b) Your external audience comprises Singapore residents outside MINDEF/SAF, who are the target audience for activities which foster Commitment to Defence.

Remember that by 2030, Singapore's aerospace sector would have risen to new heights, thanks to the enlarged Changi Airport and supporting industries.The challenge of attracting young Singaporeans to join the RSAF will make it imperative that youngsters in 2030 view the RSAF as a credible, First Class Air Force and therefore, an employer of choice. You would appreciate that these points are not mutually exclusive. Building mindshare that the optimisation of land use at a higher, national level, will not compromise lower level interests (i.e. force generation by RSAF 2030) will take a sustained, strategic public relations campaign. But more on that later.

c) The foreign audience - our friends and frenemies - will attempt to draw inferences from PLAB's impending closure to assess how it may affect their country's national interests and defence posture. They too need to understand that the ability of RSAF 2030 to generate and sustain air power needed to shape and dominate the future battlefield through decisive capability overmatch will remain unruffled with the PLAB drawdown. This aspect must be handled astutely or Singapore's deterrence posture may be compromised.

3. Help the RSAF maximise positive PR mileage from the drawdown. Our Air Force's tireless effort to put Singapore's interests first are poorly appreciated by Singaporeans. Even before Prime Minister Lee Hsien Loong announced that the RSAF would give up PLAB for national development, Air Force planners had contributed to better land use by releasing the TACAN height template from PLAB to Changi Air Base, thereby allowing taller commercial buildings to dominate the skyline in the Central Business District and in Marina South. This was because the TACAN template's relocation from PLAB removed height restrictions that previously shackled land use optimisation.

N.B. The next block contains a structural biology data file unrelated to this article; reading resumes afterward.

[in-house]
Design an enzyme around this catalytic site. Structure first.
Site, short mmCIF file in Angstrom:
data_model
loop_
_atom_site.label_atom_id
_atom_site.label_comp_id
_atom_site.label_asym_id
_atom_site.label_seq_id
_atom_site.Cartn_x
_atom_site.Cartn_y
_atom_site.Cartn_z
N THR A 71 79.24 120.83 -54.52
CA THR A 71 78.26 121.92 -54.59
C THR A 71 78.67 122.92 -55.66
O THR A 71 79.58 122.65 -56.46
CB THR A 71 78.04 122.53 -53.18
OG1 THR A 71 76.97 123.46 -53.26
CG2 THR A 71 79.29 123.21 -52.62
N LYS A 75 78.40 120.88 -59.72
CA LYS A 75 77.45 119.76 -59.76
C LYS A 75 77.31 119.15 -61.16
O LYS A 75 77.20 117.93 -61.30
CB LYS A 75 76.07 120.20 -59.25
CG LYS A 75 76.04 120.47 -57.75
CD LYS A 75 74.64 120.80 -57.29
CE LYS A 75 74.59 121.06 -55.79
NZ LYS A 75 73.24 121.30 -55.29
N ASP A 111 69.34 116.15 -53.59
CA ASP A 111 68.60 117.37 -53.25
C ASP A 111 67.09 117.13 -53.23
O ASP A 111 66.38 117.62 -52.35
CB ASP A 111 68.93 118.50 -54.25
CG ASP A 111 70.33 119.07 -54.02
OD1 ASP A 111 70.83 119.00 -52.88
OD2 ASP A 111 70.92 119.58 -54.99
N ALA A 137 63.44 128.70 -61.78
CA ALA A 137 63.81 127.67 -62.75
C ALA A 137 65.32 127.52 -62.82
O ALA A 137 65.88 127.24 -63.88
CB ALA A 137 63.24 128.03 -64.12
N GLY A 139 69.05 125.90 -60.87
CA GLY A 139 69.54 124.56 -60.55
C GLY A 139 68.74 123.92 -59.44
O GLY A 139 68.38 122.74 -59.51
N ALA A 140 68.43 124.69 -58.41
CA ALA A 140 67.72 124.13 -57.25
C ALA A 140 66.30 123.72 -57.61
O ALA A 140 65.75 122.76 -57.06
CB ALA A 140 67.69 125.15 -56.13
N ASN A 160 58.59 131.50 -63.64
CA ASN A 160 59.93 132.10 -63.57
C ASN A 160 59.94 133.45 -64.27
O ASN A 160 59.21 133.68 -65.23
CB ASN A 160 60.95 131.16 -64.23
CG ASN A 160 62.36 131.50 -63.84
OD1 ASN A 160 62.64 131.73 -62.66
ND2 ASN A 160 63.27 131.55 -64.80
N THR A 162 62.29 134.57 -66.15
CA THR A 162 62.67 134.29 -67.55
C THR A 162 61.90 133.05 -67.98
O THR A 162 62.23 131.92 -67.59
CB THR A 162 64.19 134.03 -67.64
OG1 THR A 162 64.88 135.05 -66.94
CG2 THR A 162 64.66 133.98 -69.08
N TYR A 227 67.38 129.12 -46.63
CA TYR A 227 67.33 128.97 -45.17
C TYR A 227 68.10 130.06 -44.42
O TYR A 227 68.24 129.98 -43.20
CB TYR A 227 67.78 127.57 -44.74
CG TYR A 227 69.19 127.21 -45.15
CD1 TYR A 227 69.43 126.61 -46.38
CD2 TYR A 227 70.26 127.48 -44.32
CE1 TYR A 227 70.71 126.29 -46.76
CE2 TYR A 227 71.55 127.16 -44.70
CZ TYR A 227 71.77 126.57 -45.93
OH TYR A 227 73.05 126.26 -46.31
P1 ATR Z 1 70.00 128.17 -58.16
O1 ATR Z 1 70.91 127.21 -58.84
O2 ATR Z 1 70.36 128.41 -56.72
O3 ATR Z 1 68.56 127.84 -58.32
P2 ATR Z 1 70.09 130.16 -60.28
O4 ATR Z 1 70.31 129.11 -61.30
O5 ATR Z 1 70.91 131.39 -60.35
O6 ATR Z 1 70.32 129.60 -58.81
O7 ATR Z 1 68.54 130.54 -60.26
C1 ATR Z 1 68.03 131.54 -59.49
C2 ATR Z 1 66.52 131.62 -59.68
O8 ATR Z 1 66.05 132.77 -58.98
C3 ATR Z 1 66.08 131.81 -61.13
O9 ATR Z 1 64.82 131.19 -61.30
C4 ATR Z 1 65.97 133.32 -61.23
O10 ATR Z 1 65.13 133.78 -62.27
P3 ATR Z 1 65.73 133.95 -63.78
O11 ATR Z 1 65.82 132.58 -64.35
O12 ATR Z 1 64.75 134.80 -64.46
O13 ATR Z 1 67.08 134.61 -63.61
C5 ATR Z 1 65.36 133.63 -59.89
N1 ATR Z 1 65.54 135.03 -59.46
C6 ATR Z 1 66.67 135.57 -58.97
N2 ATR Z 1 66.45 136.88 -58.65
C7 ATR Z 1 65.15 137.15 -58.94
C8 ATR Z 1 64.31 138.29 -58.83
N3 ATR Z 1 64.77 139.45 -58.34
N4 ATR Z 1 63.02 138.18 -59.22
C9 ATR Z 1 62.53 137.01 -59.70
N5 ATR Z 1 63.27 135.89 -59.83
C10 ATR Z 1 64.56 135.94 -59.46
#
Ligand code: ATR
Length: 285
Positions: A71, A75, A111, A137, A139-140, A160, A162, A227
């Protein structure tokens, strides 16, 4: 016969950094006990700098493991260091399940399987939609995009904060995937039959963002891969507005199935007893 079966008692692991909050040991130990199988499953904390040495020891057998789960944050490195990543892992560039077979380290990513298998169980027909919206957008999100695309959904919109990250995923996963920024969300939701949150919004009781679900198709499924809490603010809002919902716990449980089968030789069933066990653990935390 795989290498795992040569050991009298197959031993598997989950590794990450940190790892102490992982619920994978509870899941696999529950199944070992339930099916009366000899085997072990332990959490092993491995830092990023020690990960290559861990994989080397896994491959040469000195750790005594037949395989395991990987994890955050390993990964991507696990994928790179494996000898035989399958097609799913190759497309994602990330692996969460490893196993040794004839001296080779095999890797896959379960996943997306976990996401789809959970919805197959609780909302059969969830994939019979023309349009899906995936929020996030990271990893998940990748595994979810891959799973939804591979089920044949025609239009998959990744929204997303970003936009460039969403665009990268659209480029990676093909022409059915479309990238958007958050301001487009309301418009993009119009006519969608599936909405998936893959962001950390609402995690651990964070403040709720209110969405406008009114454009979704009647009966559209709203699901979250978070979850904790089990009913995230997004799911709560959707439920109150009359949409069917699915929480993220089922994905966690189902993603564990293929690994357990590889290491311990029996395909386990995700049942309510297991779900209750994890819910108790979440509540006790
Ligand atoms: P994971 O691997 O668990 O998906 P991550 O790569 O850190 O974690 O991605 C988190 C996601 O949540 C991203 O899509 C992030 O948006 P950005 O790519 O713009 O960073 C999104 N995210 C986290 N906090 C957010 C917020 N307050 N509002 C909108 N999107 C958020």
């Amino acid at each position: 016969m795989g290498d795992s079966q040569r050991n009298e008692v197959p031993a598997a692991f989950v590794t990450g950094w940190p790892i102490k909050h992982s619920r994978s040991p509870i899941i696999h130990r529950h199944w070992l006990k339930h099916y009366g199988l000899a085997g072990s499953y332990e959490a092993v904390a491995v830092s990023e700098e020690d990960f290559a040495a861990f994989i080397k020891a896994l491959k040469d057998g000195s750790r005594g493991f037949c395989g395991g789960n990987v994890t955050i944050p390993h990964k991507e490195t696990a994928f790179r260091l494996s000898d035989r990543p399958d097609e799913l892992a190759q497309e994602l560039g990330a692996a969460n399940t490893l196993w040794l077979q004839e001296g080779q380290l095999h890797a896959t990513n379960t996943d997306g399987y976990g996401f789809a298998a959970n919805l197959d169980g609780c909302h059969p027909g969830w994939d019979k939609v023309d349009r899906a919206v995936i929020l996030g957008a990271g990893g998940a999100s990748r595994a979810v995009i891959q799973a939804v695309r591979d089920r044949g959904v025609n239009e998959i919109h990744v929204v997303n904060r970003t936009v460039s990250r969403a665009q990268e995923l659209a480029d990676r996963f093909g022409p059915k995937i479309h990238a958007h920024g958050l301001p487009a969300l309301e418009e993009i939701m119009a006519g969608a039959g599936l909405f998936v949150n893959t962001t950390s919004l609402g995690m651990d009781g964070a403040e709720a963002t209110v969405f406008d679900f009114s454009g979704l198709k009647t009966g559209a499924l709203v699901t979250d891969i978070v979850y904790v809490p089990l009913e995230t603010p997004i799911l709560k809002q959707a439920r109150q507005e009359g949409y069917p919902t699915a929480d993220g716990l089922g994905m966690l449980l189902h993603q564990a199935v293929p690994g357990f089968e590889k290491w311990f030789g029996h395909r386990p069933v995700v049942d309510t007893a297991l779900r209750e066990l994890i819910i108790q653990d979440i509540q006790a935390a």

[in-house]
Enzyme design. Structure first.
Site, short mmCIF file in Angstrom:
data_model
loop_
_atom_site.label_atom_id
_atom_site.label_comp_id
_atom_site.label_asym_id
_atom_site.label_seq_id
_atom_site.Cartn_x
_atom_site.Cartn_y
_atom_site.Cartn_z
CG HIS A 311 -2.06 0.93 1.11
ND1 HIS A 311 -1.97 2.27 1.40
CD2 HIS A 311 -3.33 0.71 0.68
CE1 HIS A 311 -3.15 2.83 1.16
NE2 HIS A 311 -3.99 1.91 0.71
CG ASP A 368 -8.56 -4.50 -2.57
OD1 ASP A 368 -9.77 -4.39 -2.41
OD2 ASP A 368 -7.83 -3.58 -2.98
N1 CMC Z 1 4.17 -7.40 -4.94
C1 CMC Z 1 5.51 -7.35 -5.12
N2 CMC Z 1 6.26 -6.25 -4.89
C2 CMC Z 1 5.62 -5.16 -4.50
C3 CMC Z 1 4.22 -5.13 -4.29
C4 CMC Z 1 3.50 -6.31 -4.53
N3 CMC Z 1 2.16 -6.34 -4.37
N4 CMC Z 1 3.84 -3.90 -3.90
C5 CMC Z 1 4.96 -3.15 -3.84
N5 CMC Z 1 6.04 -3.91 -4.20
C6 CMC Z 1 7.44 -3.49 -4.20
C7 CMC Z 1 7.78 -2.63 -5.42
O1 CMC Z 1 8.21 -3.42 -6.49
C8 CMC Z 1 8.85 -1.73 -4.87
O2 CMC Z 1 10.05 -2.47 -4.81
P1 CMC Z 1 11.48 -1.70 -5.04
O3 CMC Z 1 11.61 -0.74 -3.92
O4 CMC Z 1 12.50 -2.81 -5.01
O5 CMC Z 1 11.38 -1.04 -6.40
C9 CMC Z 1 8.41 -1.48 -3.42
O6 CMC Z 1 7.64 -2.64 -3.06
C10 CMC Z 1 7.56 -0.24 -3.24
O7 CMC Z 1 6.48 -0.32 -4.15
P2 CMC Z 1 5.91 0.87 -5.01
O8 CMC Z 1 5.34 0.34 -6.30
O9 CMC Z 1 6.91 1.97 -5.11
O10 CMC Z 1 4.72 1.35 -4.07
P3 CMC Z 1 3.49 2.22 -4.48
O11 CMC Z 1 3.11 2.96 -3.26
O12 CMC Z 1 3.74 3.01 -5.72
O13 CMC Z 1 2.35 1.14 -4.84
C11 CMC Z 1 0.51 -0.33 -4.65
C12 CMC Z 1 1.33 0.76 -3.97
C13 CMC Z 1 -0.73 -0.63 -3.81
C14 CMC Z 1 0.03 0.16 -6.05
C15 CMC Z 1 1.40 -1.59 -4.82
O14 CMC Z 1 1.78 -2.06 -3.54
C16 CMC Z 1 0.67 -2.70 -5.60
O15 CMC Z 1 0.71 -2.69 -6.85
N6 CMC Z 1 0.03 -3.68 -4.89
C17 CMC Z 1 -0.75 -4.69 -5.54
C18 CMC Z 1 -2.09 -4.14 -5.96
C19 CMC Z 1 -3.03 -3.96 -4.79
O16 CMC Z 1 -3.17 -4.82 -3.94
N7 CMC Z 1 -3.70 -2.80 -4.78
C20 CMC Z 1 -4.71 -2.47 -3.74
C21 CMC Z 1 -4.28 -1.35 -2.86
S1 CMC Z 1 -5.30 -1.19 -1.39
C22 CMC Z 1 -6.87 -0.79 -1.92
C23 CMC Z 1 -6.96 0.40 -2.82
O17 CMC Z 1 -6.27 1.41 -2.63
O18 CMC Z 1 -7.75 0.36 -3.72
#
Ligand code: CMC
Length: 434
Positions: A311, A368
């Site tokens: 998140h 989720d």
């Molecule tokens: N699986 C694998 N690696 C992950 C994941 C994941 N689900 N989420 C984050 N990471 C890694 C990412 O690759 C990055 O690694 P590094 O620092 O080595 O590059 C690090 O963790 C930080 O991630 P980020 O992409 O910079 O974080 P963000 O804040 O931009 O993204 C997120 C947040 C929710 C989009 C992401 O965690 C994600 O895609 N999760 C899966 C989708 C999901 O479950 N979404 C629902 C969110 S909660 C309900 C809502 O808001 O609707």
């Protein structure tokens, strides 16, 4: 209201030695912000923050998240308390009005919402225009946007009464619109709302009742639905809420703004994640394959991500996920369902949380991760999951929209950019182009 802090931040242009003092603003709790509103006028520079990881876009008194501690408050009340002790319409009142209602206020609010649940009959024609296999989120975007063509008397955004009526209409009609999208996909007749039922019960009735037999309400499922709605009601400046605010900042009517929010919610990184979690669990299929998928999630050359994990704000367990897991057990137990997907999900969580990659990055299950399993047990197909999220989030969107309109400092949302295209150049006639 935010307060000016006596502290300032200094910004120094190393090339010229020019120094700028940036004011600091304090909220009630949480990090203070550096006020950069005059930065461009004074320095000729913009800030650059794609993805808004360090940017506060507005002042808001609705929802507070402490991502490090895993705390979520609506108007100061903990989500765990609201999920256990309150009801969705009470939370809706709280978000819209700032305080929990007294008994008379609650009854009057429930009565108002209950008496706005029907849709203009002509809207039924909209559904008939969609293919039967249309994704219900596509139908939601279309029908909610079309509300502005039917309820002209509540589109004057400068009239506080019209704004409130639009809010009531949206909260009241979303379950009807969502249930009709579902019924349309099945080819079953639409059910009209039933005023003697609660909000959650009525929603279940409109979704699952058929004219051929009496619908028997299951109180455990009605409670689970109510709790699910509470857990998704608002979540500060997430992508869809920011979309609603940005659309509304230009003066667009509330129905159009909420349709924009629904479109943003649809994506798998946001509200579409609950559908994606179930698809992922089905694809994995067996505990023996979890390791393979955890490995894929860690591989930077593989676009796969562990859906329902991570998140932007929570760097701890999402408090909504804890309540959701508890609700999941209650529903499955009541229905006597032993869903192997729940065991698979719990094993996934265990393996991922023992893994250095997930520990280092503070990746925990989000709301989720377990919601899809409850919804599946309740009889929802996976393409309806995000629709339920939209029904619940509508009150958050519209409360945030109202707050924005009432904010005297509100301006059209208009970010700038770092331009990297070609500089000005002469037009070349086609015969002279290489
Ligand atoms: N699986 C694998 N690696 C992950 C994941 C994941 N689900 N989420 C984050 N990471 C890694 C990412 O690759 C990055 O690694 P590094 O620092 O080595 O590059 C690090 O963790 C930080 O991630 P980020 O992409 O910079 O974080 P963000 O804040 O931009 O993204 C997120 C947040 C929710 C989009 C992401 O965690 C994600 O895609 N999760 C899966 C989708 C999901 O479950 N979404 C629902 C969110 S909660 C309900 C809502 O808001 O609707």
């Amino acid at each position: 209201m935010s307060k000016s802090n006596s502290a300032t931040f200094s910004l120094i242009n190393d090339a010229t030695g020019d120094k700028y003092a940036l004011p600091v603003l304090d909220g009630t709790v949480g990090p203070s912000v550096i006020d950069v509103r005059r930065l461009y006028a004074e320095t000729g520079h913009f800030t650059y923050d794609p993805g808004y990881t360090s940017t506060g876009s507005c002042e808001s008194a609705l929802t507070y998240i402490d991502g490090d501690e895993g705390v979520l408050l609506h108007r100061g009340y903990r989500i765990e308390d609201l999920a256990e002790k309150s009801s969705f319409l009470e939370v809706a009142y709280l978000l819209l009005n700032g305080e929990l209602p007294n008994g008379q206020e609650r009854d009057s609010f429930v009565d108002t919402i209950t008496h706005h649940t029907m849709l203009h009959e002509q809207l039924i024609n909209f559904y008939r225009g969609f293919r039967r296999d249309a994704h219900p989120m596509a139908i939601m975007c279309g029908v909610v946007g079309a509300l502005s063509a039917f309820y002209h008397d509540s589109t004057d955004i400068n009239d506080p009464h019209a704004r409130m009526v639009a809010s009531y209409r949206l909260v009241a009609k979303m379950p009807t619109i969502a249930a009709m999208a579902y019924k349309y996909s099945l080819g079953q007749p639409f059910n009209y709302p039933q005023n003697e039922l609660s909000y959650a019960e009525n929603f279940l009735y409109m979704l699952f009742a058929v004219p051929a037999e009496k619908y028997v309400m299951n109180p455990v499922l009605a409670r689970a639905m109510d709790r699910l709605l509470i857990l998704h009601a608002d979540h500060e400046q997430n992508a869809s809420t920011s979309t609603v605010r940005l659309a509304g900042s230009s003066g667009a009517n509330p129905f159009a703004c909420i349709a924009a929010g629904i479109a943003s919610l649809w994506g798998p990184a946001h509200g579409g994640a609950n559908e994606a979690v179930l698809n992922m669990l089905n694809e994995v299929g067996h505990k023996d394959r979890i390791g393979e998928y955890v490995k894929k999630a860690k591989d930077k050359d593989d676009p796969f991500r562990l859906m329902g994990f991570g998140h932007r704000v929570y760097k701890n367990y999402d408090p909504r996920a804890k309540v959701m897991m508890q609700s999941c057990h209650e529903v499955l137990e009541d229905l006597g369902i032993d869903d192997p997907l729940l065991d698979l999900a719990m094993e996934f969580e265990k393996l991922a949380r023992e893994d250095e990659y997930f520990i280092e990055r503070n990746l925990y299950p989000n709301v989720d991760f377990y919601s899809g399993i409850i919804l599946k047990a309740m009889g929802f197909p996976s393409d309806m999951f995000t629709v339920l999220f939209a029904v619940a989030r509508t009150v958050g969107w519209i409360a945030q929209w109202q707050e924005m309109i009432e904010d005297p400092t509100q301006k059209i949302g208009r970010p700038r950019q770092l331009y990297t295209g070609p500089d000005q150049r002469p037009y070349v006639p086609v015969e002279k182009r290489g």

TACAN is not easy to explain. The PLAB closure will be visually more impactful, easier to see. But plan your PR campaign in totality so as not to short change HQ RSAF. This means you must be self-aware, so start by asking the right questions as a young officer.

4. With forward planning - of which RSAF has demonstrated (see S/no. 1 and 3 above) - the ability of RSAF 2030 to have resilient base infrastructure that can soak up an initial first strike and respond in full measure should be beyond doubt.

The guiding principles for protecting air power include elements such as camouflage, concealment, passive defences and dispersion. We are guessing that this led to the 1st Gen and 2nd Gen RSAF having around 40 air platforms per base from the total strength of around 200 air platforms across five principal airbases. As the number of air platforms (manned) falls in the 3rd Gen RSAF, that dispersal ratio will still hold even with four principal bases.

Keeping our air assets dispersed while improved ground sensors and reconnaissance assets in LEO adds to our sense-making ability that should give the RSAF a level of early warning unimagined in today's context.